These are difficult times for all of us. The corona outbreak has disrupted normalcy around the world and it is quite overwhelming that the oil and gas industry remains one of the hardest-hit sectors. It is in such times, we need to tell stories that inspire hope and courage. It is in such times that we all need to remember how the oil and gas industrial landscape has been built – brick by brick – with the efforts of its people. Yes, it is a novel strain of virus which has wreaked havoc but has it broken our spirit, I am confident that the answer is No. I got the opportunity to speak with Mr. David Reid, the Chief Marketing Officer at National Oilwell Varco, at ADIPEC 2019. With the conversation around Oil and Gas 4.0 dominating the arena, we discussed some crucial aspects that make the industry larger than life. It is in these difficult times, that we all need to hold on to the good things. Here’s Mr. Reid’s story and I hope we all cherish the industry’s resilient spirit and learn something in the light of his experiences. Aren’t we all in it together, after all?
In Conversation with David Reid
How has your journey been so far in the oil and gas industry?
Well, I started as an Architectural Engineer and someone met me and offered me a job at a drilling equipment repair shop which was surprising for my training. They were different in how they thought about the company and the employees, so I was really intrigued. This is 27 years ago, that’s how long I have been with this company. They had a lot of technology that was very interesting and the approach to people was also very interesting, so I got very excited about it. I got involved in the design of offshore drilling rigs and continually had a vision for what we could do as a company, for different products, different applications.
I constantly made an effort to move on in my career and I grew with the company. I have always been very interested in growth and development.
How does it feel being at ADIPEC?
It’s really good, I enjoy it. I have been here a number of times before.
You meet a lot of new people and you also see a lot of old friends. You get a good understanding of the industry and the market.
It’s always interesting interacting and engaging with our customers.
We are discussing Oil and Gas 4.0. How do you envision the industry with new technologies, in the times to come?
I think what gets interesting is that data is going to change everything, which it will. What it does is it creates opportunities for new business models. There’s also lots of resistance, with data being more available, the problem is everyone’s planning on controlling more data, instead of the need to make it more open. So that challenge is in the industry. We will have to learn to share that data and let systems talk to each other.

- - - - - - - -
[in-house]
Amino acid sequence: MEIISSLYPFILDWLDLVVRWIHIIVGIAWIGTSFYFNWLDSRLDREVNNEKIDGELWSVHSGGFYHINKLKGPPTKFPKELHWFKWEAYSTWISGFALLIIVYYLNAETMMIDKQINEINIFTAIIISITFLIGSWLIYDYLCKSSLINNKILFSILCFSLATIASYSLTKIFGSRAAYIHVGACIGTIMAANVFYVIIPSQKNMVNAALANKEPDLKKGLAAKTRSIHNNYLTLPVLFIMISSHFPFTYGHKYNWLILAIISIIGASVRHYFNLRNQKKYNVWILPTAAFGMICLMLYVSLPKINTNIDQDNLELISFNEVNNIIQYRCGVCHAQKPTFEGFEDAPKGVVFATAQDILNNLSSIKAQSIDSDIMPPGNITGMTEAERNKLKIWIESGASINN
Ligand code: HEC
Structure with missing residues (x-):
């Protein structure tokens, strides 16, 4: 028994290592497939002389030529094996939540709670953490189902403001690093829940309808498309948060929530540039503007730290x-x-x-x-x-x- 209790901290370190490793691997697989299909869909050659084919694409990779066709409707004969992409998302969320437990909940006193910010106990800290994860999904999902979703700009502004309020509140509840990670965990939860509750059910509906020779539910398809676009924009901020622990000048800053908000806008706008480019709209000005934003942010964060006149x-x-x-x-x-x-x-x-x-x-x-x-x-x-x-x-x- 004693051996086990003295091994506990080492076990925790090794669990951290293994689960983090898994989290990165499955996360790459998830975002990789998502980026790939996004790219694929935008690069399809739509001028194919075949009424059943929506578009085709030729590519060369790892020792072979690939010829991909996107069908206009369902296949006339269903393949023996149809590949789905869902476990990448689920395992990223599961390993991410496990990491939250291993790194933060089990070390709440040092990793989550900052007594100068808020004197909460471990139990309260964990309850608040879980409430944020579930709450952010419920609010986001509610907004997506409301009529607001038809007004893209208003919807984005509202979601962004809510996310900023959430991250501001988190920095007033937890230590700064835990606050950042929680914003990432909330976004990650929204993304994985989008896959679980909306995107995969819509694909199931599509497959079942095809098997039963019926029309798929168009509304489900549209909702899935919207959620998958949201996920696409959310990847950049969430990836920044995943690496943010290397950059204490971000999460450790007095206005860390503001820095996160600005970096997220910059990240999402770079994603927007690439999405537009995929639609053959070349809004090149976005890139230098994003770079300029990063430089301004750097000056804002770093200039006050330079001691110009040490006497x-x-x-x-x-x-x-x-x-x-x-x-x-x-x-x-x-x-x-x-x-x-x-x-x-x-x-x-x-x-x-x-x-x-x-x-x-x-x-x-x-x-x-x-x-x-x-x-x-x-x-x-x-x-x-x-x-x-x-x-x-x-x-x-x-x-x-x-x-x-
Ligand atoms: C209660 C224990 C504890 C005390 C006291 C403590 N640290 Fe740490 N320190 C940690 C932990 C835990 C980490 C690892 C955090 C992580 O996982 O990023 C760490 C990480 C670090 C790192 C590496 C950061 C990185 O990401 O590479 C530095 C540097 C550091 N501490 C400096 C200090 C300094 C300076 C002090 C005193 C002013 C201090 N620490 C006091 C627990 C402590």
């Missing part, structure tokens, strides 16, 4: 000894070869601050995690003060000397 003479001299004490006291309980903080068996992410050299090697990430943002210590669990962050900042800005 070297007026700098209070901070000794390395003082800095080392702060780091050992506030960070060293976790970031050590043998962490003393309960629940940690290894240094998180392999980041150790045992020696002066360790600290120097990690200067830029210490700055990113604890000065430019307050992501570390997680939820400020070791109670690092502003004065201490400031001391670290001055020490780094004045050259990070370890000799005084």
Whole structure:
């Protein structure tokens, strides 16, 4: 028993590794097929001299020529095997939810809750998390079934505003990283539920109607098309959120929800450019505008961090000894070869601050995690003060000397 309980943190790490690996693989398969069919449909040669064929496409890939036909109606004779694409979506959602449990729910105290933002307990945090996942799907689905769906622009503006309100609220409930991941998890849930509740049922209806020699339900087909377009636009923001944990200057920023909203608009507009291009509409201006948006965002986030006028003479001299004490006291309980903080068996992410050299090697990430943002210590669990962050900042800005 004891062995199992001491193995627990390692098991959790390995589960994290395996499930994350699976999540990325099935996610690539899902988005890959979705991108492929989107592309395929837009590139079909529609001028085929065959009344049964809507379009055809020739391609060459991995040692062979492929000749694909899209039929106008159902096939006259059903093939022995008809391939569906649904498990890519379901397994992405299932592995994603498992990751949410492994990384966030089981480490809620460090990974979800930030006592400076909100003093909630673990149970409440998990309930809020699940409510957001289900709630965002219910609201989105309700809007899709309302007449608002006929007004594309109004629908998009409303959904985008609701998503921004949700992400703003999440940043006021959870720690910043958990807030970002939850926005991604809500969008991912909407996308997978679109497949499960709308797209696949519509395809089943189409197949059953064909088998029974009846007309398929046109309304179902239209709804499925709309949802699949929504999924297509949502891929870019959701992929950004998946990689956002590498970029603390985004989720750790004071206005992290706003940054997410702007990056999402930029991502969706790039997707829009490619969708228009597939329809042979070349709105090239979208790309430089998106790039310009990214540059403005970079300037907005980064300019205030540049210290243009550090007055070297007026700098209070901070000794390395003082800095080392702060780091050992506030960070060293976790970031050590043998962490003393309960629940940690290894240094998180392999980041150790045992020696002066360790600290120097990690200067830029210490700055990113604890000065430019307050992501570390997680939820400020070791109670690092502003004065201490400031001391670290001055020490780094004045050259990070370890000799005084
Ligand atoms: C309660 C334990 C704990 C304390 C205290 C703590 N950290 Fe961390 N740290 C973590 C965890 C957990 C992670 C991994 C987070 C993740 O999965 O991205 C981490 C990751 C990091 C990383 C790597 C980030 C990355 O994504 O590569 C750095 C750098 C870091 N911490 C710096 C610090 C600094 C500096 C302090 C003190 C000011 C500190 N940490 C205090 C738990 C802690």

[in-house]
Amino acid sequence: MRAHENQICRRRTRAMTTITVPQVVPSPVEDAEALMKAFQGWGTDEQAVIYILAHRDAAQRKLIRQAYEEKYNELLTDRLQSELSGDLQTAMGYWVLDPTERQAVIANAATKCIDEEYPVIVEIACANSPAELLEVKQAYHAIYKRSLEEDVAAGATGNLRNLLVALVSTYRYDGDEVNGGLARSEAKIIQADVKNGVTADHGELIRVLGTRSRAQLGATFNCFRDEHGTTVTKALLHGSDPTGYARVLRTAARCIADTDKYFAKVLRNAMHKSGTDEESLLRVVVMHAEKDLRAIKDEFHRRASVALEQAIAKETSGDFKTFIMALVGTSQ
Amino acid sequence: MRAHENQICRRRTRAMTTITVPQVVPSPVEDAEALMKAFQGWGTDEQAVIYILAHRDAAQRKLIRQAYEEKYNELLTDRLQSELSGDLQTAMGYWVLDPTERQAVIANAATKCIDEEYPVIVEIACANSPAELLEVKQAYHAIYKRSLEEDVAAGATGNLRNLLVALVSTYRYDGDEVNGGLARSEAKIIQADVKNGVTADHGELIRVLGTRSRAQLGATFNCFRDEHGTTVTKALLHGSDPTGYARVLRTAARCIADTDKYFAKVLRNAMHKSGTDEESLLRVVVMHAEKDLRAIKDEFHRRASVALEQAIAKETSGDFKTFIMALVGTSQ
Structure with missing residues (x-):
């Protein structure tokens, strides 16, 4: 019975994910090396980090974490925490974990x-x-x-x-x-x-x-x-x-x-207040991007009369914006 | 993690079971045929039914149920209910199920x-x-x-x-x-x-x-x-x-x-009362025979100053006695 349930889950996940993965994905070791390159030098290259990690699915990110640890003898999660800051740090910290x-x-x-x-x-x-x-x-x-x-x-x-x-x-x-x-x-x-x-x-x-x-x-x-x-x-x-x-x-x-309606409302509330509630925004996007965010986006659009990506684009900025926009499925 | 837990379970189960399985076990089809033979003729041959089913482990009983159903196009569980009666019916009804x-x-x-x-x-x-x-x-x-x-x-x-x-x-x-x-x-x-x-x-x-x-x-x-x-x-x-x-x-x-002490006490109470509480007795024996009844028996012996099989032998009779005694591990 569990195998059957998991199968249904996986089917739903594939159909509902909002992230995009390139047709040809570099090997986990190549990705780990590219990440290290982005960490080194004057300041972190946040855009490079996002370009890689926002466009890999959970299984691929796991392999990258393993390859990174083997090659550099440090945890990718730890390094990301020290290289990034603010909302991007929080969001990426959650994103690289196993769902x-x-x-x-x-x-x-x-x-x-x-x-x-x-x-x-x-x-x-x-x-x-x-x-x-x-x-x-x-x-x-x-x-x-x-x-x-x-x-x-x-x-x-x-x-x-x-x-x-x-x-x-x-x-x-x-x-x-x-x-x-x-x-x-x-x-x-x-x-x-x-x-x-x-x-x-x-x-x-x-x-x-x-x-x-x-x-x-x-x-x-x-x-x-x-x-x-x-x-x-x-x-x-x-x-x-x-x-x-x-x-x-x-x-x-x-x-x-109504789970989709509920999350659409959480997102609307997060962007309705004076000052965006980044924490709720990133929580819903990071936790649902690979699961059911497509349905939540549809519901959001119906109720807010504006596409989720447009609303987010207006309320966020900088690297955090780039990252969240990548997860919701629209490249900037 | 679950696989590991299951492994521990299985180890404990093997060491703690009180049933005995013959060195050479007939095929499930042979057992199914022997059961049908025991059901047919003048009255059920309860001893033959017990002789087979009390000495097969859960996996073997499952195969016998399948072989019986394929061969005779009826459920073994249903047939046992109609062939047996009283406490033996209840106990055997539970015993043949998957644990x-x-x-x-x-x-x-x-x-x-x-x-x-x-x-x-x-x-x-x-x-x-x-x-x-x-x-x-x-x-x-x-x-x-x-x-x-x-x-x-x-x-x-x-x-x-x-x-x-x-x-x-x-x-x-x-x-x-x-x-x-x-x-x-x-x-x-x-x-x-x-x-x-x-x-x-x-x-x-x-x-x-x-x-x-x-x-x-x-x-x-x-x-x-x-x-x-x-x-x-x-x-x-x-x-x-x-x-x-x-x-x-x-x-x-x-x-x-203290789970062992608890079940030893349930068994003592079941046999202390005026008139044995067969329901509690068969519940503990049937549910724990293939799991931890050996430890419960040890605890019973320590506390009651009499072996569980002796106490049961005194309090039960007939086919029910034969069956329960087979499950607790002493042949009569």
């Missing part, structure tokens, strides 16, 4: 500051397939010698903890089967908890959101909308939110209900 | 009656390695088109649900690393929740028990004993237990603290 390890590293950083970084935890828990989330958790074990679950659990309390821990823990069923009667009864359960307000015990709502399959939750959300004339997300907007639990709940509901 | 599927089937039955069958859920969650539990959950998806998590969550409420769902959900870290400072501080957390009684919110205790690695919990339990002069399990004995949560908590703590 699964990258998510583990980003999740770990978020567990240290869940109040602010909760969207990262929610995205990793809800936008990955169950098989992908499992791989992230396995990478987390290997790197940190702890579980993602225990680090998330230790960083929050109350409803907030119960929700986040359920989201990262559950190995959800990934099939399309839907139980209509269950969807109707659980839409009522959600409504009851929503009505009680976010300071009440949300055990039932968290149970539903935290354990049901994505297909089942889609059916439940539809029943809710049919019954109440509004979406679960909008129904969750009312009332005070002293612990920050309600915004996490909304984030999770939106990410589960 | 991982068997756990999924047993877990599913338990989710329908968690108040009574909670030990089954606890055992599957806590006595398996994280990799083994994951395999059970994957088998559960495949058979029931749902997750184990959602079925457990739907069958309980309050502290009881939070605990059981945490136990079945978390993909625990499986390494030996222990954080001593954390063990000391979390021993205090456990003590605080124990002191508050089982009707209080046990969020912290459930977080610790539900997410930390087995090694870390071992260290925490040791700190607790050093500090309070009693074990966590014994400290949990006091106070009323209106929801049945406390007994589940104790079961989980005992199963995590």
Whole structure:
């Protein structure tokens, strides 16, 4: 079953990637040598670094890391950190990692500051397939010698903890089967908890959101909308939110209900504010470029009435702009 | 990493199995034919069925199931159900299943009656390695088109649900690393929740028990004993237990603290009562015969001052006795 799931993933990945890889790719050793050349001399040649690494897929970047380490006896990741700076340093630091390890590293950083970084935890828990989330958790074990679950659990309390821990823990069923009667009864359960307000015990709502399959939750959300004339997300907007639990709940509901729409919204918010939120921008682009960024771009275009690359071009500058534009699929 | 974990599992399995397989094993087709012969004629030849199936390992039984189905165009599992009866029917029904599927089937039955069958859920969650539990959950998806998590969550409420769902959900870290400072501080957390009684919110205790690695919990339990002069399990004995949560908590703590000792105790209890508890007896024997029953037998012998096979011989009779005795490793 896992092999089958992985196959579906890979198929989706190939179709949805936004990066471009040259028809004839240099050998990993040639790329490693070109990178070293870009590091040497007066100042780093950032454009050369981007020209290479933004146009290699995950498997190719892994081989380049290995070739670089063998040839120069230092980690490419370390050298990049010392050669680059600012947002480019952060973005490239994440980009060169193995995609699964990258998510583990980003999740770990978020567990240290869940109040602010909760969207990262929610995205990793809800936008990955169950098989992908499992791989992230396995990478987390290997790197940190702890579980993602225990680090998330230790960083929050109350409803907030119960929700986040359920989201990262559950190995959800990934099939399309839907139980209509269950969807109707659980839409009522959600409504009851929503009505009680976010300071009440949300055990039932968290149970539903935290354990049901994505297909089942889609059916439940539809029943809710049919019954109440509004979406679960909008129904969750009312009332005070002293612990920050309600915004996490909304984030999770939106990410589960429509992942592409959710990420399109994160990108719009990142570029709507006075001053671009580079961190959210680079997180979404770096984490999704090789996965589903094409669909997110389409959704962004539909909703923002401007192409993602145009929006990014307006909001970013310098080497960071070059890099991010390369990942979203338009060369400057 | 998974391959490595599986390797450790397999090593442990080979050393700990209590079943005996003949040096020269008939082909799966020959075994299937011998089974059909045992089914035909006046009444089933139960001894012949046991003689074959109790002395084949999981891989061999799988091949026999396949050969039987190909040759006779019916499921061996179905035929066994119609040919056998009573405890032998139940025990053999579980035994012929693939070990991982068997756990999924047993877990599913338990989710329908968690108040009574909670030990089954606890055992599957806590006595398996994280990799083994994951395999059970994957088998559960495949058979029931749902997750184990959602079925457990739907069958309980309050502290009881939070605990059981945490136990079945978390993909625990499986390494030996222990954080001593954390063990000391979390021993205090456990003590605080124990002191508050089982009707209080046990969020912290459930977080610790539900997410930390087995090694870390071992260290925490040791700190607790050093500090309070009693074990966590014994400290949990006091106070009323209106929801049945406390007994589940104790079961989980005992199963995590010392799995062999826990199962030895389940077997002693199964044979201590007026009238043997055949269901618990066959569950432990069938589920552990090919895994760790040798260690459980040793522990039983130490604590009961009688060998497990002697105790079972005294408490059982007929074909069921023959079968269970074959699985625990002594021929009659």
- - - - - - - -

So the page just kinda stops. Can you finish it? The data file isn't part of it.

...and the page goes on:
There’s room for brand new models, for people who work in oil and gas. So I think that’s going to happen in the next five years.
We will also see a lot of cultural change. People will have to learn to be more organized, how to collaborate, how to have systems in place. I believe it’s going to be very interesting.
Do you think data should be seen as a crucial business paradigm?
It is true, but I think what is implied there is the problem that I am describing. If you see it as a crucial paradigm, you could only see it as how to make money. I think that’s the wrong model. I am not sure how we are going to make money. I think it is an important question for everybody, but not as important as the lawyers tell the company, because they want to protect all data to make sure that they have the value. There’s different learning in a collaborative model which we all will have to learn. I think it’s going to be natural, it’s going to be destructive to some businesses because I think a lot of user data will also lead to a change of jobs. It is also going to change how we operate. That change model is very hard for people to move to.
A lot depends on who wants to lead this big change so that we can shift to a more collaborative model.
I think it is the most critical thing but also it is important to analyze how we will make money out of it when our systems are being shared. It’s a challenge and also an opportunity. I think the models will change too.
Traditionally the big companies have been quite dominating in this space but I think smaller companies should be enabled to rise up, to bring their agility. I think facilitating innovation in smaller companies is crucial.